Padrick also spoke to Seattle Weekly about the case. Padrick noted that the case doesn’t limit the shield law, but argues that Cox is not a media representative because she “presented no evidence that she was media.”
Padrick told iMediaEthics by phone that Cox requested the court rule on whether she would be able to get shield law protection. However, that ruling wasn’t the crux of the case, which was that he said she defamed him.
In a Dec. 12 post, Seattle Weekly wrote that the ruling “sets a terrible precedent with a correct ruling.” According to Seattle Weekly, the judge did make “the correct call, according to Oregon law.” However, Seattle Weekly noted the “dire need to update media shield laws in states like Oregon.”
Seattle Weekly noted that Oregon has a shield law protecting anyone working “in any medium of communication to the public” to provide a source. The judge said that since Cox isn’t “employed by an official media establishment” the law doesn’t apply to her. As Seattle Weekly explained in a Dec. 12 post, that’s the law’s decision on journalists, and not the individual judge’s.
In response to the ruling, Cox said she will appeal and provide evidence for her blogged claims.
Media lawyer Bruce E.H. Johnson, who “drafted Washington state’s media shield legislation,” argued that Cox would have had shield law protection in Washington, in a follow-up post by Seattle Weekly. “I believe the shield law would have been applied [in Washington state], “Oregon’s law was probably written before blogging was accounted for.”
Oregon’s shield law doesn’t mention online forms of publication, which is what may prevent the law from legally applying to Cox. Washington’s law does apply to “internet, or electronic distribution.” Seattle Weekly noted that even Johnson said Cox would probably have had to identify her source in order to defend herself from defamation. “In other words, the shield law, even if applied, might not have shielded Cox from the $2.5 million judgment she’s been ordered to hand over,” according to Seattle Weekly.
Forbes’ Hill noted that the judge’s opinion also noted that Cox:
“There is no evidence of (1) any education in journalism; (2) any credentials or proof of any affiliation with any recognized news entity; (3) proof of adherence to journalistic standards such as editing, fact-checking, or disclosures of conflicts of interest; (4) keeping notes of conversations and interviews conducted; (5) mutual understanding or agreement of confidentiality between the defendant and his/her sources; (6) creation of an independent product rather than assembling writings and postings of others; or (7) contacting “the other side” to get both sides of a story. Without evidence of this nature, defendant is not ‘media'”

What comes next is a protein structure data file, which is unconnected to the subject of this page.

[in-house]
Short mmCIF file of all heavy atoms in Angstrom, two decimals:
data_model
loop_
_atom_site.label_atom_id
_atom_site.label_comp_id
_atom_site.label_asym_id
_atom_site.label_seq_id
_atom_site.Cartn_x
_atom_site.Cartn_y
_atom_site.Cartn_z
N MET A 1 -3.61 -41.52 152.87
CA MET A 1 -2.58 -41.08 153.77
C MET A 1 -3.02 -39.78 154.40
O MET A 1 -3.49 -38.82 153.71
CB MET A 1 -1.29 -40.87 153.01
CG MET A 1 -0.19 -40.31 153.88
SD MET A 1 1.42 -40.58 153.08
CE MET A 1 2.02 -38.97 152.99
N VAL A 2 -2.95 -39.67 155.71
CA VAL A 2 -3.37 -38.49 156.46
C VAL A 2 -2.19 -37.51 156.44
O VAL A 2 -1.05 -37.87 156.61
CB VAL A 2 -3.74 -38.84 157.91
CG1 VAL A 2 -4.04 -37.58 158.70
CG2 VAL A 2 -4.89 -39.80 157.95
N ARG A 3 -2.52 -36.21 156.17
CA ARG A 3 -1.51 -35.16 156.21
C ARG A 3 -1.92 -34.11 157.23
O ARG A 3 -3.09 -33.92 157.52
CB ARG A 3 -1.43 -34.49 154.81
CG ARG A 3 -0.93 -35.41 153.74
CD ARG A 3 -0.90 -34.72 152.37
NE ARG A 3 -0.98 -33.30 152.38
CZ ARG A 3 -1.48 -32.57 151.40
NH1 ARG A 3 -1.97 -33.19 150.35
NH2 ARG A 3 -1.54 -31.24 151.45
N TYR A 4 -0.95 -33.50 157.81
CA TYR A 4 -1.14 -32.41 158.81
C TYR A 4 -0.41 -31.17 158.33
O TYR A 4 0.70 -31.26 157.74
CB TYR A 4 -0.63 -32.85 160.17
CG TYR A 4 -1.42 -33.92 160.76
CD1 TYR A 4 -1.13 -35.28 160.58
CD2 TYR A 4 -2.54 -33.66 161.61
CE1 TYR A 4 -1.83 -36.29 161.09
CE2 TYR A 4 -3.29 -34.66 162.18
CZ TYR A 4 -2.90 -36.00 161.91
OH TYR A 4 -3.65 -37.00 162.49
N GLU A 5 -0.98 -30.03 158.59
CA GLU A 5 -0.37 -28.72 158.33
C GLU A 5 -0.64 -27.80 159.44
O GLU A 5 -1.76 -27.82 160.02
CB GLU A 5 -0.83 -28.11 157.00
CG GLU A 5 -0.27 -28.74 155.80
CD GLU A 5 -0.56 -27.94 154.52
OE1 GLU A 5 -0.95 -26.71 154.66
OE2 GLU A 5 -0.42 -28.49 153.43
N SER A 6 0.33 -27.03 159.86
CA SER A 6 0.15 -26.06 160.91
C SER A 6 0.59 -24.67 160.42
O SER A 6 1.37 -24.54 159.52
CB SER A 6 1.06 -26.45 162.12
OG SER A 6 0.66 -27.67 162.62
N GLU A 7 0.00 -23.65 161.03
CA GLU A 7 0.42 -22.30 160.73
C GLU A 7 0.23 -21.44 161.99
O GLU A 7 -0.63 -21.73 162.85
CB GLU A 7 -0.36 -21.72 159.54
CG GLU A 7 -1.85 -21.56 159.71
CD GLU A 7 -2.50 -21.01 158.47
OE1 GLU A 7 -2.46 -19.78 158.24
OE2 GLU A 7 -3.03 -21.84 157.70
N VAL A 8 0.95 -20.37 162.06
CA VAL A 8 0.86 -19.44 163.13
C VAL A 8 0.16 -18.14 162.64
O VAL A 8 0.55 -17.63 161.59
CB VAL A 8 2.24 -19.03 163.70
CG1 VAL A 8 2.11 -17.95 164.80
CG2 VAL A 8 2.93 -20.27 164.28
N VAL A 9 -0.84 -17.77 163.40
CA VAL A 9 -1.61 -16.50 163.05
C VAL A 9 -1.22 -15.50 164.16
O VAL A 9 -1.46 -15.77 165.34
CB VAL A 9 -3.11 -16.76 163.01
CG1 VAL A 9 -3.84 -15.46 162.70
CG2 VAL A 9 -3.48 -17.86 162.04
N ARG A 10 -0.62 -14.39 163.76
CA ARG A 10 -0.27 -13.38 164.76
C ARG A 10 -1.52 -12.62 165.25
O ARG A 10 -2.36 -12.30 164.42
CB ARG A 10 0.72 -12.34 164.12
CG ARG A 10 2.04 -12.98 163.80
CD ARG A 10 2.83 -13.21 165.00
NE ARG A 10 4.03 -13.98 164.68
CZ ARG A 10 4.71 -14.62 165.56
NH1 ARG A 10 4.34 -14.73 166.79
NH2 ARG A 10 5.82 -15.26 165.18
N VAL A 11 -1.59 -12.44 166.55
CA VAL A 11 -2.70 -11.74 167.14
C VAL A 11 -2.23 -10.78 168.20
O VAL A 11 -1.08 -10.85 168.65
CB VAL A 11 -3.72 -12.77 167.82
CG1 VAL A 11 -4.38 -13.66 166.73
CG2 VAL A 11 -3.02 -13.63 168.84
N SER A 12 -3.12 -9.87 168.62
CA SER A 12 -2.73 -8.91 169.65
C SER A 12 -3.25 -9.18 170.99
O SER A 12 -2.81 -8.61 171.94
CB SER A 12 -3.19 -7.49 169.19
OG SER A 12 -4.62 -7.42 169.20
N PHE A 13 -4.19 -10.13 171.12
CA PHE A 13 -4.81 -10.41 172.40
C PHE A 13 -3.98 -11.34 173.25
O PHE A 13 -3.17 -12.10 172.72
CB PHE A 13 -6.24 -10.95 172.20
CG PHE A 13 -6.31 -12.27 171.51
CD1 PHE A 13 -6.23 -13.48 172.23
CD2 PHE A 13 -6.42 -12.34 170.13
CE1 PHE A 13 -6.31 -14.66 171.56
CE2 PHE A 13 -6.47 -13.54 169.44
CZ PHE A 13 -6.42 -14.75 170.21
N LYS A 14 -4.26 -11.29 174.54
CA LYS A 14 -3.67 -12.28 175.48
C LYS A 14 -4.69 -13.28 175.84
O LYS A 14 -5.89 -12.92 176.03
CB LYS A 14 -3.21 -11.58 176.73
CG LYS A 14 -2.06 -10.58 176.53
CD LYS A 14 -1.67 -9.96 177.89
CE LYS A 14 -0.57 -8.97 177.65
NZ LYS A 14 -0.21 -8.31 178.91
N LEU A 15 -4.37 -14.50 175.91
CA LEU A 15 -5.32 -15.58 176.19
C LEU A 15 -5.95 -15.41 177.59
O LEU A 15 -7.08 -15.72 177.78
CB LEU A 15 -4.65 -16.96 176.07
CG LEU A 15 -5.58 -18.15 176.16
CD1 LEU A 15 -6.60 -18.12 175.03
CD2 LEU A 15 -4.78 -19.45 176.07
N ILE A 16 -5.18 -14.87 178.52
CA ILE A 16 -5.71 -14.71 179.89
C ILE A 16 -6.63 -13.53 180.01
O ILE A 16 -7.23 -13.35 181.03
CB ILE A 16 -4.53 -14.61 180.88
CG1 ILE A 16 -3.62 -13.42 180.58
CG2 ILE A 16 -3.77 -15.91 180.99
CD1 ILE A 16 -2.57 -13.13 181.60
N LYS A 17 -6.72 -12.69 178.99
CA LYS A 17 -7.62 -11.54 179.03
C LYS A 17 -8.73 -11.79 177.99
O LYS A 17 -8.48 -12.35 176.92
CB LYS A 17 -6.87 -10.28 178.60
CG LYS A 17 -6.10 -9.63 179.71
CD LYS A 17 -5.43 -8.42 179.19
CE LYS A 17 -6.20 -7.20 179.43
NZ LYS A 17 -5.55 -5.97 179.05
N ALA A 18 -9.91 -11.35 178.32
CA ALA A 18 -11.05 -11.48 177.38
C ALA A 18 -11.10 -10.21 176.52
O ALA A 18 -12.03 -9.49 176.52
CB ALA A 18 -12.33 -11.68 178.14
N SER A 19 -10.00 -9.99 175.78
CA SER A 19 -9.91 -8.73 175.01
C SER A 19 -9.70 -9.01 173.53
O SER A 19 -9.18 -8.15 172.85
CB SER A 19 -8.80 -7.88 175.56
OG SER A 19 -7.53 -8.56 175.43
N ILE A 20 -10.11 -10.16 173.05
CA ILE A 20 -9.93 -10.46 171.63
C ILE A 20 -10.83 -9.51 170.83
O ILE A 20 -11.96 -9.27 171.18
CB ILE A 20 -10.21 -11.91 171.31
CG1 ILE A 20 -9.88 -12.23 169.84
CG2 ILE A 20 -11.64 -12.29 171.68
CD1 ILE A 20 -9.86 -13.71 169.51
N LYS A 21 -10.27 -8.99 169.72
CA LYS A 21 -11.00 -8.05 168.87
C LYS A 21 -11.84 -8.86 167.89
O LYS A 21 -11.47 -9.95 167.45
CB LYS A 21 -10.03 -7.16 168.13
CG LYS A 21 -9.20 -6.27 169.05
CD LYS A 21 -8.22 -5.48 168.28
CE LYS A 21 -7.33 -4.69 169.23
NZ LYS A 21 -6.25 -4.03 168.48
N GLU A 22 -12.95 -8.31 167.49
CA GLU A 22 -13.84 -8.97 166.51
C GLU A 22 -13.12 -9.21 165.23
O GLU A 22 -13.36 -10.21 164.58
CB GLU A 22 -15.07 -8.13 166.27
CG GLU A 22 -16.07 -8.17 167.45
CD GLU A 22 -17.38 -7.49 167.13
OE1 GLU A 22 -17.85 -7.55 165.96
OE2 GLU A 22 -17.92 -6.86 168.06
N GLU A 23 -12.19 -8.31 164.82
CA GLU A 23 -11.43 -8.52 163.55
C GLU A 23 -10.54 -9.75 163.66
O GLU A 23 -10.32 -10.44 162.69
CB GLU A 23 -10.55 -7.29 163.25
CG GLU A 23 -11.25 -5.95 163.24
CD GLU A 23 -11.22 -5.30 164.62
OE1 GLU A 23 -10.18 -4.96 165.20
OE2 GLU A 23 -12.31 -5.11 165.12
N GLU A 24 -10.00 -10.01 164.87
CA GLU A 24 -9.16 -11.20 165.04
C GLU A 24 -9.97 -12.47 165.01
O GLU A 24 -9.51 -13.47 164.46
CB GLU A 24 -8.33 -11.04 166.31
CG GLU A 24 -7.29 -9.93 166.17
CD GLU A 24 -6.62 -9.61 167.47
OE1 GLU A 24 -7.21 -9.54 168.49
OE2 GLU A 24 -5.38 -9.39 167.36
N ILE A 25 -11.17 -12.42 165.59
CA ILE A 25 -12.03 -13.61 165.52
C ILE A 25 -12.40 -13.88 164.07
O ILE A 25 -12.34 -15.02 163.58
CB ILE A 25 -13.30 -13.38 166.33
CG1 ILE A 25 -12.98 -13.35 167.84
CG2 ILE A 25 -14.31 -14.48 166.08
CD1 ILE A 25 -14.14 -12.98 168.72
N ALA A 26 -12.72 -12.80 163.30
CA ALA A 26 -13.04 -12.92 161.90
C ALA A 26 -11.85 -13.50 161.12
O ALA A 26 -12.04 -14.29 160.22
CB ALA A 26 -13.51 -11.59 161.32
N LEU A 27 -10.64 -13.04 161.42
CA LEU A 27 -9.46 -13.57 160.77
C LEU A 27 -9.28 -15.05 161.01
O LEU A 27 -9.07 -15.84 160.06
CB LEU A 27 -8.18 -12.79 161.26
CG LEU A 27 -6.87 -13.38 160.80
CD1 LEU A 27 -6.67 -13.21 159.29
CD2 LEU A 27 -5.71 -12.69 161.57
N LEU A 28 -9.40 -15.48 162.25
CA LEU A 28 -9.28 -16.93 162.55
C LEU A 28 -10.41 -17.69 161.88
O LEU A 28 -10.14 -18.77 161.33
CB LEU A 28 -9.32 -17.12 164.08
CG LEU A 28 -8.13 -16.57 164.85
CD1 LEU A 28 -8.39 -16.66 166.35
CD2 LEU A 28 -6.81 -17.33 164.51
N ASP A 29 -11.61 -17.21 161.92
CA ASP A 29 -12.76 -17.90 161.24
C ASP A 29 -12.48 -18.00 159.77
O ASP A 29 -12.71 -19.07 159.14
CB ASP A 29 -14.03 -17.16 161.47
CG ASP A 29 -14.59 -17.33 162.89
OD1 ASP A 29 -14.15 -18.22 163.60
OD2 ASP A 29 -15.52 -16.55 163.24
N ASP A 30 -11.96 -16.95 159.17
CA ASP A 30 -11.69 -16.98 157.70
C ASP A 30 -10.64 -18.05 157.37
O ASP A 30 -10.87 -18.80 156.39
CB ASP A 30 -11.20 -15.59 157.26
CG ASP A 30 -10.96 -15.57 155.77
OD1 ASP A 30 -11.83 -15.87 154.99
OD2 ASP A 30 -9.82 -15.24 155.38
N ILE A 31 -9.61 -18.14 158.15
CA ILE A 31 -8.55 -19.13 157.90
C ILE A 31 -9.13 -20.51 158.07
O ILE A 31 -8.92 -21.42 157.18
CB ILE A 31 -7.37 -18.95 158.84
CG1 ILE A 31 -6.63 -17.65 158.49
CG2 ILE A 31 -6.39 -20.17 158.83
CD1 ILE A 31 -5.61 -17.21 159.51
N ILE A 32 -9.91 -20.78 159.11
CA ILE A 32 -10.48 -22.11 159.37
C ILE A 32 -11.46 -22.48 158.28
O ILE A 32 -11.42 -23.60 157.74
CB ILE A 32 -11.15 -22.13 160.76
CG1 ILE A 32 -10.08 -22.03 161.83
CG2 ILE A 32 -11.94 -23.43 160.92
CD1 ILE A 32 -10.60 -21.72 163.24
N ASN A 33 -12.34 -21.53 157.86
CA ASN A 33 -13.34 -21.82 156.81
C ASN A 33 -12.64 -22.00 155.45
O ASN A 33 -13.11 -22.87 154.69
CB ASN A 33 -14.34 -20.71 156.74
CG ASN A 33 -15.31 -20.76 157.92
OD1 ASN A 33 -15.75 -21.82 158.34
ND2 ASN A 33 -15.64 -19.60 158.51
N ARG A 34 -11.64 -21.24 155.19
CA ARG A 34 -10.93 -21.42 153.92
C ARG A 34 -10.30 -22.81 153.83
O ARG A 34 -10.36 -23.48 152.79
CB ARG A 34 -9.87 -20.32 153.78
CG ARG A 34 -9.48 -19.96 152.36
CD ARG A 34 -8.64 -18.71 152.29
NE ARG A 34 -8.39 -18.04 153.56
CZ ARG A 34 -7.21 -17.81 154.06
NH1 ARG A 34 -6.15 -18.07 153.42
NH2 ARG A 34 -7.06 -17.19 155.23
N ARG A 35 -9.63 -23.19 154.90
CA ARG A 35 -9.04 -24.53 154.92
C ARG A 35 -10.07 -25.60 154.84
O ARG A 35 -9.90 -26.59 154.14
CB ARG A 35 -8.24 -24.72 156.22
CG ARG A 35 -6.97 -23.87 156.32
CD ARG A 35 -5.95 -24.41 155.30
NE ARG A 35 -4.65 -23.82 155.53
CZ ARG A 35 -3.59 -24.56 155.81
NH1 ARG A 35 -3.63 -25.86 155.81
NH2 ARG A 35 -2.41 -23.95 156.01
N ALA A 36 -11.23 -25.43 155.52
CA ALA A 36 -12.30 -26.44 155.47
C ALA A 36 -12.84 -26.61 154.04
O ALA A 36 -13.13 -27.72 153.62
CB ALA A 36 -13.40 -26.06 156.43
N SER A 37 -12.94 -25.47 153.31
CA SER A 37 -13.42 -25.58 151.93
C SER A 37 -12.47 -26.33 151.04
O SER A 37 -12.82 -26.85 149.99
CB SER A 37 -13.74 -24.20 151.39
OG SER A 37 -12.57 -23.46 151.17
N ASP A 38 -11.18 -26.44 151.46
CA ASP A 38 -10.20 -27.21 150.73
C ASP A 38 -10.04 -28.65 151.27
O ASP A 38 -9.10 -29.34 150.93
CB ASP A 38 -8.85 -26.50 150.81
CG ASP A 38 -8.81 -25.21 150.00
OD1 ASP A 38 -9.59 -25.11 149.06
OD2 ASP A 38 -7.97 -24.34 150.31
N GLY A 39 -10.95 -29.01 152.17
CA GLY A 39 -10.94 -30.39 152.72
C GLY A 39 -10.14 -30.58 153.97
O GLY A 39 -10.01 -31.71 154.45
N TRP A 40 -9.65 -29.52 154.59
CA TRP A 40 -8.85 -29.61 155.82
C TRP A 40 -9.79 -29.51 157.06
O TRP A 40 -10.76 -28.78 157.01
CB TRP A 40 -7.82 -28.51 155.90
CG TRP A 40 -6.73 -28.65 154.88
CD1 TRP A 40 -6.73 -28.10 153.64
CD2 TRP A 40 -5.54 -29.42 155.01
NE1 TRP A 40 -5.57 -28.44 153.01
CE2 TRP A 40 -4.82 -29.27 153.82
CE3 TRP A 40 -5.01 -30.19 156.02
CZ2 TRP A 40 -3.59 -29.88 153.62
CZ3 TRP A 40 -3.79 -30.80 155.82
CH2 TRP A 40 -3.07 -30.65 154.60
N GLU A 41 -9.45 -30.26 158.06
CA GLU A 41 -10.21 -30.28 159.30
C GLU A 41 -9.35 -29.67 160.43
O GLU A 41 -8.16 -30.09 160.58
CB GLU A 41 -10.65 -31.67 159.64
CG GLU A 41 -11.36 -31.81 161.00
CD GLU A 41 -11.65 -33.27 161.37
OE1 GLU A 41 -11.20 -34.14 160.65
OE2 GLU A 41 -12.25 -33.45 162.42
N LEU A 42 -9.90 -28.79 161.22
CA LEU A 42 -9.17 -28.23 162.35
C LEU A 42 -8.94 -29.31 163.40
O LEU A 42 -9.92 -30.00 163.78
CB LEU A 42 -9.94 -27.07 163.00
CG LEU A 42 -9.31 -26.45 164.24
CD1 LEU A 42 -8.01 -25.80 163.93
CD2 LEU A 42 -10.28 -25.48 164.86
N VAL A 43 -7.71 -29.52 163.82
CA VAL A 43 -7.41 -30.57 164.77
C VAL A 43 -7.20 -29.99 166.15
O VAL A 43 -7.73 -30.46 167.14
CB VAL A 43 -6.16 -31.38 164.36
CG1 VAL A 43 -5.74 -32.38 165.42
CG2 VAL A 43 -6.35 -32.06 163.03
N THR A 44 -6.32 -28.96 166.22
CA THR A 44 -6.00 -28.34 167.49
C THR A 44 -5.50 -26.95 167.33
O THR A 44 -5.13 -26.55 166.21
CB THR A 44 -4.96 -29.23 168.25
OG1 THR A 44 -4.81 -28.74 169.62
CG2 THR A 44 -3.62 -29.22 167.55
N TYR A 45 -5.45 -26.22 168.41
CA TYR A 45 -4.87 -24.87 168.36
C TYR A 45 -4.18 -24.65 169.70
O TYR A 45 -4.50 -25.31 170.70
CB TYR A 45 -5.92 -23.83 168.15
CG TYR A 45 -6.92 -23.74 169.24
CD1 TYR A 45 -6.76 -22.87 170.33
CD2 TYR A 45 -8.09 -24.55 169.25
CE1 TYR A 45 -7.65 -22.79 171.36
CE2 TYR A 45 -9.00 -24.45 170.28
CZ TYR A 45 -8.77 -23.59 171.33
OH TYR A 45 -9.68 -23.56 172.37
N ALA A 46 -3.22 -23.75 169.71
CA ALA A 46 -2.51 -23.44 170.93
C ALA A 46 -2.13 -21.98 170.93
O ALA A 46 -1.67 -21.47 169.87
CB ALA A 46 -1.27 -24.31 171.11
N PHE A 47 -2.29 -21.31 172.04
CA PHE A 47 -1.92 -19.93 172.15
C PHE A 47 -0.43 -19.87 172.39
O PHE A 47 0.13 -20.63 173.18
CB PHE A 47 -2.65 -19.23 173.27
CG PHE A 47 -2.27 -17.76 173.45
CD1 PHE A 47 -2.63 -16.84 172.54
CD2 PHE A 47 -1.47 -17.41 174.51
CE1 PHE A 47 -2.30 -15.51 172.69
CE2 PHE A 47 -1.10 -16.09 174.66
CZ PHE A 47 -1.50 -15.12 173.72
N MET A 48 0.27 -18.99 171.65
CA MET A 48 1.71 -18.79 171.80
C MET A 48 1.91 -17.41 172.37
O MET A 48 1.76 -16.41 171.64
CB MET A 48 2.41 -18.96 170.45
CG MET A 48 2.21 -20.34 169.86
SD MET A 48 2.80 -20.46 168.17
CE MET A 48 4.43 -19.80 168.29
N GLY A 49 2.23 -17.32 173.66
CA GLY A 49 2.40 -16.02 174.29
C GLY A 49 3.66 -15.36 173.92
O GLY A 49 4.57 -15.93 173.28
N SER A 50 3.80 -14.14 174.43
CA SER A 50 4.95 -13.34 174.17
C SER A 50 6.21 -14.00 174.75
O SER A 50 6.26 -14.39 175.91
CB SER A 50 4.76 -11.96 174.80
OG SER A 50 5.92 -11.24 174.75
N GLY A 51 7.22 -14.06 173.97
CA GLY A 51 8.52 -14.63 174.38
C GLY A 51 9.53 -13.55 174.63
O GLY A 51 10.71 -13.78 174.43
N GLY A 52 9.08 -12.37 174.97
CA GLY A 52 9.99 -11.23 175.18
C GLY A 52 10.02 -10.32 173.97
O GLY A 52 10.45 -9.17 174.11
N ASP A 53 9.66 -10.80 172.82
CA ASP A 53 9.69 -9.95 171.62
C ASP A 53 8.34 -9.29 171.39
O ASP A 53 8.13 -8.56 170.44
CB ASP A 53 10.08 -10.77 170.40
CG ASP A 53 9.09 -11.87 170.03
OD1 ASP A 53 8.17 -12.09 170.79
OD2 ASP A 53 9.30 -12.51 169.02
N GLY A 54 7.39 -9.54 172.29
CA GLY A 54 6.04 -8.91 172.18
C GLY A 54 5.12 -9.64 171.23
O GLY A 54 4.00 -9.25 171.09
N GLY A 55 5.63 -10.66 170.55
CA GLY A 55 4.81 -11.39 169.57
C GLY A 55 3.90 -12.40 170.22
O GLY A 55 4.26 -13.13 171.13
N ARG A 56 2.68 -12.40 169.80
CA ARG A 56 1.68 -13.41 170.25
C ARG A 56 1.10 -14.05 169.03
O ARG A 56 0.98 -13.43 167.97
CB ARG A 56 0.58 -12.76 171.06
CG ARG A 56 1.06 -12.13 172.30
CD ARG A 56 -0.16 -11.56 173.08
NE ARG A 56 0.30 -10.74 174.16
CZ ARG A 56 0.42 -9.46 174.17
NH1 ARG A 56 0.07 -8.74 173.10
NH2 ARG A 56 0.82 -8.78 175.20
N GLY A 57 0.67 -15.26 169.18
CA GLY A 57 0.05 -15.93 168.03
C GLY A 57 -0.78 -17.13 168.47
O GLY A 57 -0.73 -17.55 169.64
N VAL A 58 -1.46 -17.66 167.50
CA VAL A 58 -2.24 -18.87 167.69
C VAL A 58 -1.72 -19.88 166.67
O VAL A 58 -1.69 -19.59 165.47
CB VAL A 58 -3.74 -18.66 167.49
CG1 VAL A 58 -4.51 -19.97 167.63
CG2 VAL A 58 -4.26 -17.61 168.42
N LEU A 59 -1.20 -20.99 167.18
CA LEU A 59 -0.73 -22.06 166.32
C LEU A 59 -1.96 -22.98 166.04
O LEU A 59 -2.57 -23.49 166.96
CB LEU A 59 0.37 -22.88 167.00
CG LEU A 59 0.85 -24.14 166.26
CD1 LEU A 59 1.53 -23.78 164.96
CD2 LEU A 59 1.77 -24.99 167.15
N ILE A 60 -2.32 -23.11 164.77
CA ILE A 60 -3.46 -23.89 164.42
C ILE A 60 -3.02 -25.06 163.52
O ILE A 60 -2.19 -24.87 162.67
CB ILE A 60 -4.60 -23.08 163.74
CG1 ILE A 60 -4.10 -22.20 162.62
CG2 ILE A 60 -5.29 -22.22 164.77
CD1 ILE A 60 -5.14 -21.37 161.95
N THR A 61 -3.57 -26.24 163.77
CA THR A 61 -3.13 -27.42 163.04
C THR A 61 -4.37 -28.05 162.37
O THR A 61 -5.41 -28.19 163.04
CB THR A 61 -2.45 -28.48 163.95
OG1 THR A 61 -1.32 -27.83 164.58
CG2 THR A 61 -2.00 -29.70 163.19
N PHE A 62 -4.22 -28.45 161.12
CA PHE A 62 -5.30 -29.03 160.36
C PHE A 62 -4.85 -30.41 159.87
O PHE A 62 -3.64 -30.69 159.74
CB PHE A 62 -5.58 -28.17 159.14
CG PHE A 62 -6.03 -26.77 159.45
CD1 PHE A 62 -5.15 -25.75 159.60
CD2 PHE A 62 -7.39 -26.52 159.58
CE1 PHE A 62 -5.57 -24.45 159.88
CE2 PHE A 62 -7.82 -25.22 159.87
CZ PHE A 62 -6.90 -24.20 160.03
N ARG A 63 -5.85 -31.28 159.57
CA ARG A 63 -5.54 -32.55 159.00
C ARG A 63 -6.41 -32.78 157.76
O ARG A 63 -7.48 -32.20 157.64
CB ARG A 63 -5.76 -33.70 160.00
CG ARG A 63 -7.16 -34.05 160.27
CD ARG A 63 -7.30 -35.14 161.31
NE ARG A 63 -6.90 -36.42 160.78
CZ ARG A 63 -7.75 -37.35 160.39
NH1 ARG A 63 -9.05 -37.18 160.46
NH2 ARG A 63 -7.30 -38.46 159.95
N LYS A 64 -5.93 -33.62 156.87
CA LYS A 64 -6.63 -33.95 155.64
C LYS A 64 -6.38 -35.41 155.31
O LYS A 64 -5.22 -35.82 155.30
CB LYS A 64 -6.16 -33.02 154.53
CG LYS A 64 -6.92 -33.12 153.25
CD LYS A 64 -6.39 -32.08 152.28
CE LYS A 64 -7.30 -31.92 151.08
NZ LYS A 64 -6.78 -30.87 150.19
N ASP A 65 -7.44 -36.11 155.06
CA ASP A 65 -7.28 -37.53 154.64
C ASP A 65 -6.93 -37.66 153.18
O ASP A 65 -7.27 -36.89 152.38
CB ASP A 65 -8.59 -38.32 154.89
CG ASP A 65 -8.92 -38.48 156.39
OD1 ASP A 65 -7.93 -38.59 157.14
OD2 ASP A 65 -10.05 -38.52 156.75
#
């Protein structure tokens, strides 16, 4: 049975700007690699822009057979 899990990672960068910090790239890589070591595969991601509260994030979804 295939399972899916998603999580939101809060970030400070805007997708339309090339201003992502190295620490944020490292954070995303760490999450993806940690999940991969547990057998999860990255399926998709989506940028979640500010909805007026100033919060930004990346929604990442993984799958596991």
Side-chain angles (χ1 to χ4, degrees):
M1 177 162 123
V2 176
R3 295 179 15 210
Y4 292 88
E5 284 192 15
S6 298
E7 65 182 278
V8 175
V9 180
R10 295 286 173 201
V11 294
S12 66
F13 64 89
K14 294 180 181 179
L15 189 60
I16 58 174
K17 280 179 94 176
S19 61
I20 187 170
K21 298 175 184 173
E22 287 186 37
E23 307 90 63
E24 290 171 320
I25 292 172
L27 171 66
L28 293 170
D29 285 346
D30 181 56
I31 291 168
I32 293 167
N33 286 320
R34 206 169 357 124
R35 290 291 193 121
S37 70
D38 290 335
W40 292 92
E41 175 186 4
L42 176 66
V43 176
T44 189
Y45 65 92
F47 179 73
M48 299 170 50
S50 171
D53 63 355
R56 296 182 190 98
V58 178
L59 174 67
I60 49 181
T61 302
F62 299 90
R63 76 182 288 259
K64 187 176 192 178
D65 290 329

In a post on the Guardian’s Comment is Free section, Dan Gillmor argued that the question isn’t “who’s a journalist” but “what is journalism?” In the Cox case, Gillmor indicated that while she may be doing journalism, no journalist “is entitled to libel anyone else.”
This case reminds us of that of Shellee Hale in New Jersey, a case in which the New Jersey Supreme Court ruled that Hale, who identifies herself as a private investigator and blogger among other things, was sued for defamation after her comments on an online discussion board about New Jersey-based company Too Much Media, LLC. She said her comments were made as part of her research for an article about TMM and that the information was based on an interview from an anonymous source. The court ruled that she isn’t a journalist and therefore doesn’t receive shield law protections. Hale spent two years appealing court rulings that she didn’t get that protection. Once the journalist-shield law issue was resolved, the case moved to the issue of defamation. Hale told us earlier this year that she will have to identify her sources to defend herself in the defamation case.
Forbes‘ Kashmir Hill likened Cox’s case to the Johnny Northside blog. In that March 2011 case, a Minnesota jury found that blogger John Hoff (aka “Johnny Northside”) didn’t defame or report inaccurate information about community leader Jerry Moore, but he still had to pay a $60,000 fee for “tortuous interference,” or “intentionally intermeddling with the business affairs of others.” Read about that case here.
We have written to Cox asking for any further comment and will update with any response.